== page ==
It was so much fun to be a part of this year's Wine Experience Sommelier Team. For the seminars, we opened up over 100 bottles of 1977 port and decanted them off the sediment, vetted several Gaja bottles for a comparative tasting, opened wines for pairings for the Chef's Challenge (Barboursville vermentino was paired with Chef José Andrés' dish!), and tasted a through a special vertical of Chateau Margaux.
In 2016 I was researching for an article about passito wine. At the suggestion of a winemaker friend, I took up a tiny project to learn more by going through the process and making a small amount of it. I thought I could gain more insights into the production side if I watched a wine through from harvest to bottling. With the help of some friends, I harvested about 10 small lugs of grapes, dried them by fan, pressed them in a tiny basket press, and fermented the juice in a glass demijohn. I held back a small beaker of inoculated juice to add to the demijohn of must-- but only as a last resort if I couldn't get a ferment started with the native yeasts.
I lost the demijohn of wine to a bad fermentation. But I did make about eight tiny bottles of tasty passito dessert wine from the beaker-- meager gains from a small experiment. Though the amount of wine is insignificant in the grand scheme of things, I learned much about winemaking in the process. The palpable, tactile joys of handling the grapes, the smells and sounds of a fermentation-- all these things brought me closer to wine.
Hearing the satisfying "glug" as a gas bubble first made its way through the air-lock and signaled fermentation had begun, watching CO2 bubbles churn during the fermentation as tiny universes of yeast worked through their micro-life-cycles, and performing mundane tasks like siphoning without disturbing lees-- all the small decisions-- increased my appreciation for the motions and quotidian labors of winemaking. I always knew these things happened, but by performing them, I saw them in a new light.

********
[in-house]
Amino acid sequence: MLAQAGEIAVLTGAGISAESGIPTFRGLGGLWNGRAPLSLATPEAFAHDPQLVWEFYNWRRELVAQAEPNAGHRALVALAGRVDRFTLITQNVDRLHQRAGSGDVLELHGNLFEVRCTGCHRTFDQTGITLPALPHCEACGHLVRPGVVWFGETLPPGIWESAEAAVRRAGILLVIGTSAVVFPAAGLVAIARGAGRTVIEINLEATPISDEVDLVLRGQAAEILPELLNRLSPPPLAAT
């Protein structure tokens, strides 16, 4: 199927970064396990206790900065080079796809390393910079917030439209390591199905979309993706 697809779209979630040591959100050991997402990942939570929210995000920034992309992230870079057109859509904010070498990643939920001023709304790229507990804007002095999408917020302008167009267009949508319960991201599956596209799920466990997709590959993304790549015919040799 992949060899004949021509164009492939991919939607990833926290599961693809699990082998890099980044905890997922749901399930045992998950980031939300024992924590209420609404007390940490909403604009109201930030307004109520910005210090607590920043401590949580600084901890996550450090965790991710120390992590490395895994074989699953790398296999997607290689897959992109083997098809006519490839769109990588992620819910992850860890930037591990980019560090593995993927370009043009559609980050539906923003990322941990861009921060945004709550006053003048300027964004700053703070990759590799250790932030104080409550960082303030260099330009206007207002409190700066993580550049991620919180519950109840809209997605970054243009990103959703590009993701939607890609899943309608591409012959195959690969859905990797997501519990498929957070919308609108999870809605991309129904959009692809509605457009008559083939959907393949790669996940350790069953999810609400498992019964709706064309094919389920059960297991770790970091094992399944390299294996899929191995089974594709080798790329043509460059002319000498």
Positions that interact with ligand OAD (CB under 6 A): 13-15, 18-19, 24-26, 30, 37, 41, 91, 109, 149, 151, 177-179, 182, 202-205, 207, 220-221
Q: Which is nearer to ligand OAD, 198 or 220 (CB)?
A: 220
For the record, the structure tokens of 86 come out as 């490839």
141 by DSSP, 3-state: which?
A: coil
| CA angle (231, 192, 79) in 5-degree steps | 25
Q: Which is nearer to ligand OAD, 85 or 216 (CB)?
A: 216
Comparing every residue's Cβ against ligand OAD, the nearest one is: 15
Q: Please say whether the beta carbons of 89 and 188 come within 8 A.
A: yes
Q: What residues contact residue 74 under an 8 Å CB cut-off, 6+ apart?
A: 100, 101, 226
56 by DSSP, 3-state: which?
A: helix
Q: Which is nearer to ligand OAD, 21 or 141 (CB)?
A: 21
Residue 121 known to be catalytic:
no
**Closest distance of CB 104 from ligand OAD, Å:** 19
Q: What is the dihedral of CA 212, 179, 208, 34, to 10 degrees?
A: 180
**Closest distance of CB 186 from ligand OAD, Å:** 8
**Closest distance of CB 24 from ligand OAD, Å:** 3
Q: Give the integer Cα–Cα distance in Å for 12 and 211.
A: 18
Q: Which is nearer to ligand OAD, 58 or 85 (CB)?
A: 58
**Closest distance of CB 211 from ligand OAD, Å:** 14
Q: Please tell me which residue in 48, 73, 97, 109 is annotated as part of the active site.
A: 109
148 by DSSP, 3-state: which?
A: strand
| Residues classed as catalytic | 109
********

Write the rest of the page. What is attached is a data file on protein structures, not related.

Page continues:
Outside of educational experiments for professional growth, I still approach 'sommelier winemaking' with extreme caution. And yet, just yesterday I found myself bottling some experimental PetNat to see what happens... There's a certain gravitational force that pulls a wine lover to make wine. I already relish the day when I can pop the first bottle of PetNat, irregardless of what quality it might embody. I'm now viscerally connected to that wine and to this vintage. I can only imagine that this fierce connection to the casual wines I've "made" must be much more intense for the great winemakers of the world.
A splendid chameleon, the 1980 Musar white presents differently every time you stick your nose into the glass, and just when you think you can finally nail down what it is, it changes yet again. This is a wine to sit down with over the course of a day or two, and revisit every few hours.
I opened this up by myself, in a new house, with belongings in boxes that made cardboard skylines against a wall in each room. The 1980 Musar was a good choice to commemorate the experience. As I drank it, I had fleeting thoughts of insightful comments from the late Serge Hochar. I came for sips between the newly-freed contents of each settled box, and the wine slowly unpacked on me. It became a bottle inexplicably linked with the christening of my new home.